Now there’s physical confrontation.
In an open letter Tuesday to parents and staff at Eanes Independent School District in Austin, Texas, school superintendent Tom Leonard urged adults to behave themselves.
So far, the district has already had parents “yelling at a teacher to take off her mask because they could not understand what the teacher was saying while her face was covered,” he wrote.
In another instance, “a parent physically assaulted a teacher by ripping a mask off her face,” Leonard said.
Here’s the educator’s message to everyone:
‘Please, I am asking everyone to be kind…do not fight mask wars in our schools.’
— Tom Leonard, Eanes Independent School District superintendent
At the very least, Leonard wants the grown-ups to keep the strife away from kids. If there’s disagreement, “please take it outside, off our campuses and out of our schools,” he wrote.
The district has approximately 8,000 K-12 students and “the vast majority” of students and staff are masked up inside school buildings, especially at the elementary level, Leonard said.
Earlier this summer, school districts across the country were evenly split 40%-40% on mask requirements with another 20% still undecided, according to one survey.
Leonard’s appeal comes at an especially tenuous time for these rules in Texas and elsewhere. Texas has a law saying school districts cannot enforce mask mandates, matching a handful of other Republican-leaning states. (Texas Gov. Greg Abbot on Tuesday announced he had contracted COVID-19 despite being vaccinated. )
Several Democratic states have orders requiring masks at schools. With the delta variant’s spread, everyone in school buildings, regardless of vaccination status, should be masked, according to recent guidance from the U.S. Centers for Disease Control and Prevention.
After litigation earlier this month, Travis County — where the Eanes Independent School District is located — has a mask mandate in place for now. If the case comes before the state’s high court, the county-level mandate could dissolve with a reversal of the lower court’s decision.
The Texas Supreme Court has already temporarily halted the mask mandates that local leaders sought in Dallas and San Antonio.
In the meantime, Leonard said he and school officials are stuck in a spot where they have a mandate over their heads but no way to enforce it. So the district will “encourage and highly recommend masks” but at the same time, “We will not make our staff the ‘mask police’ with no authority to enforce the rule,” he wrote in the letter.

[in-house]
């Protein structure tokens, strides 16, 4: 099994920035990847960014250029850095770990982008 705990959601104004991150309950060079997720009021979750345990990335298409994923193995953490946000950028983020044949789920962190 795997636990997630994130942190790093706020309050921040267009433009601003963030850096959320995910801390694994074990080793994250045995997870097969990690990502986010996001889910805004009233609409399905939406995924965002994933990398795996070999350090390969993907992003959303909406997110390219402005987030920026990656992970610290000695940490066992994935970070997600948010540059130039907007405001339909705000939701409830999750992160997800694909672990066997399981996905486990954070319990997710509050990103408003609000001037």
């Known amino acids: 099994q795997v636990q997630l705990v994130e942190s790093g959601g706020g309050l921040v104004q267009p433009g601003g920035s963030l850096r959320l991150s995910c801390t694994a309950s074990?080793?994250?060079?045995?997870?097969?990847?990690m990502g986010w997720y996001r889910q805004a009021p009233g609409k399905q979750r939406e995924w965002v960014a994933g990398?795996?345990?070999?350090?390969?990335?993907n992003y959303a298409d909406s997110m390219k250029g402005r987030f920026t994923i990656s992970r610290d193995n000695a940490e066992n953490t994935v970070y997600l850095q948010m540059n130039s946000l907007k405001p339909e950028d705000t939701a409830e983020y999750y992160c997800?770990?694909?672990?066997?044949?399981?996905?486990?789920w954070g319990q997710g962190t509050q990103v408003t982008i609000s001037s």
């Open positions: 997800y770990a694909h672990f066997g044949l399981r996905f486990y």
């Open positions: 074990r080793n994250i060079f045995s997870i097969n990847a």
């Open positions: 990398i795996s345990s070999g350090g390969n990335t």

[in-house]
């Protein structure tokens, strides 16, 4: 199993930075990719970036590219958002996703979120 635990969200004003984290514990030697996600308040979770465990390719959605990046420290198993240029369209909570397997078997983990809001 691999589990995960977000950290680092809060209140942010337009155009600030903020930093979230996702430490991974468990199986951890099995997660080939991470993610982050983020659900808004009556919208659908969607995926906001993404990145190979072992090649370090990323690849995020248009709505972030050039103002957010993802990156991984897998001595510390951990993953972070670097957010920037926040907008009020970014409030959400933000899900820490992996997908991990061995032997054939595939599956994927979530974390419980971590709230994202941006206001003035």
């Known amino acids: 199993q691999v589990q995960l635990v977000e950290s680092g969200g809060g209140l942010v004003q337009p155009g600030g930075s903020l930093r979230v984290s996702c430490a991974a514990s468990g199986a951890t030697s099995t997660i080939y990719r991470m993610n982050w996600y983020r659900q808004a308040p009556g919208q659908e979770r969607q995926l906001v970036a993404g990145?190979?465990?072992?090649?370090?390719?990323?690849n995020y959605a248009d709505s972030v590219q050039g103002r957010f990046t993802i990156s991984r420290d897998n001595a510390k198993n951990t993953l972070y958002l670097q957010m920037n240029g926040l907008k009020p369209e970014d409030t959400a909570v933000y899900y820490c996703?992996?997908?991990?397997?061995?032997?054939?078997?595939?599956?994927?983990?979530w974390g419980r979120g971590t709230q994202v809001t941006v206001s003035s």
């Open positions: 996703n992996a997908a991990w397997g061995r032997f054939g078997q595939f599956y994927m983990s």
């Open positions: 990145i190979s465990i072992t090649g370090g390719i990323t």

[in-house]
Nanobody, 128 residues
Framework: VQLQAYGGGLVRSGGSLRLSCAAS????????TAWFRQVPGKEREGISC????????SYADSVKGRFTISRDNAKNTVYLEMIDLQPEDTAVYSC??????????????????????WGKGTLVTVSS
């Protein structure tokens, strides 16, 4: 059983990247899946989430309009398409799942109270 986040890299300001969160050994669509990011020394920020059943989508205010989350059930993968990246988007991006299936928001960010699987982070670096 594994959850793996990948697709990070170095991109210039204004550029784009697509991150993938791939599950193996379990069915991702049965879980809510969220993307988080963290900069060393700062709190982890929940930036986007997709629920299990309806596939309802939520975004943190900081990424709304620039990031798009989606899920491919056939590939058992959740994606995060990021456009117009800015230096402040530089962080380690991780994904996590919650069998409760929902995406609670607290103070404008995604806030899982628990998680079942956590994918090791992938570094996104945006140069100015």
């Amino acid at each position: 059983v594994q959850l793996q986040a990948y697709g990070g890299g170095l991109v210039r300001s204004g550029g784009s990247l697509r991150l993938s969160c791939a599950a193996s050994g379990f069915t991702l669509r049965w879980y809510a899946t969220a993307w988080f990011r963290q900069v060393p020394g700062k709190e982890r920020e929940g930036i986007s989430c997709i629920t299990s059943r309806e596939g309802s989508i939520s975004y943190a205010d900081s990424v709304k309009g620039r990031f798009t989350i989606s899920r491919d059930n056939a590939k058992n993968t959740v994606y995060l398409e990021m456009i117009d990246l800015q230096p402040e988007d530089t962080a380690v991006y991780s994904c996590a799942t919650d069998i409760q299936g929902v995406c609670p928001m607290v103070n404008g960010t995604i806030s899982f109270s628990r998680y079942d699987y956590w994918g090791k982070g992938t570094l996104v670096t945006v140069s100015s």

Leonard could not be reached for comment on whether there would be any consequences for the mask-ripping parent.
Across the country, some recent polling suggests the majority of parents support mask mandates in schools. Almost two-thirds (63%) of parents said their child’s school should require unvaccinated students and staff to wear masks on school grounds, the Kaiser Family Foundation poll said.
But there are political divides on requiring masks in schools: 88% of Democratic-leaning parents backed the idea while 69% of Republican-leaning parents opposed it, the poll noted.
That’s how parents feel, but what about the kids who have to wear the masks?
Some research suggests they’re less worked up than some parents.
For example, nearly 70% of high school seniors graduating last spring wore a mask while walking up to receive their diploma from one school district, according to findings published in the Journal of Adolescent Health. Almost 19% had a mask fit problem (like a drooping mask) and nearly 10% had no mask.
The ceremonies at the unidentified district unfolded in a county where 63% of voters chose then-President Donald Trump in the 2020 election, the study noted.
Indiana University sociologist Anna Mueller, the study’s lead author, has also been closely watching the twists and turns of one Colorado school district for more than two years in other research.
In that time, she’s interviewed students, educators, and parents and observed classes and school board meetings. Educators say students have gone along with mask rules and the students she’s interviewed regard masks as a necessary inconvenience.
With masks, Mueller said, “a lot of kids I talked to mentioned keeping their family safe.”
For Mueller and her team, it seems the controversy in that Colorado district over masks is “much more confined to the parent population debating with the school board about policies.”
Back in Texas, Leonard said however people felt, they need to go easy on the educational staff doing the work of schooling day in and day out. “Our staff are on the front lines of this pandemic; let’s give them some space and grace,” he wrote.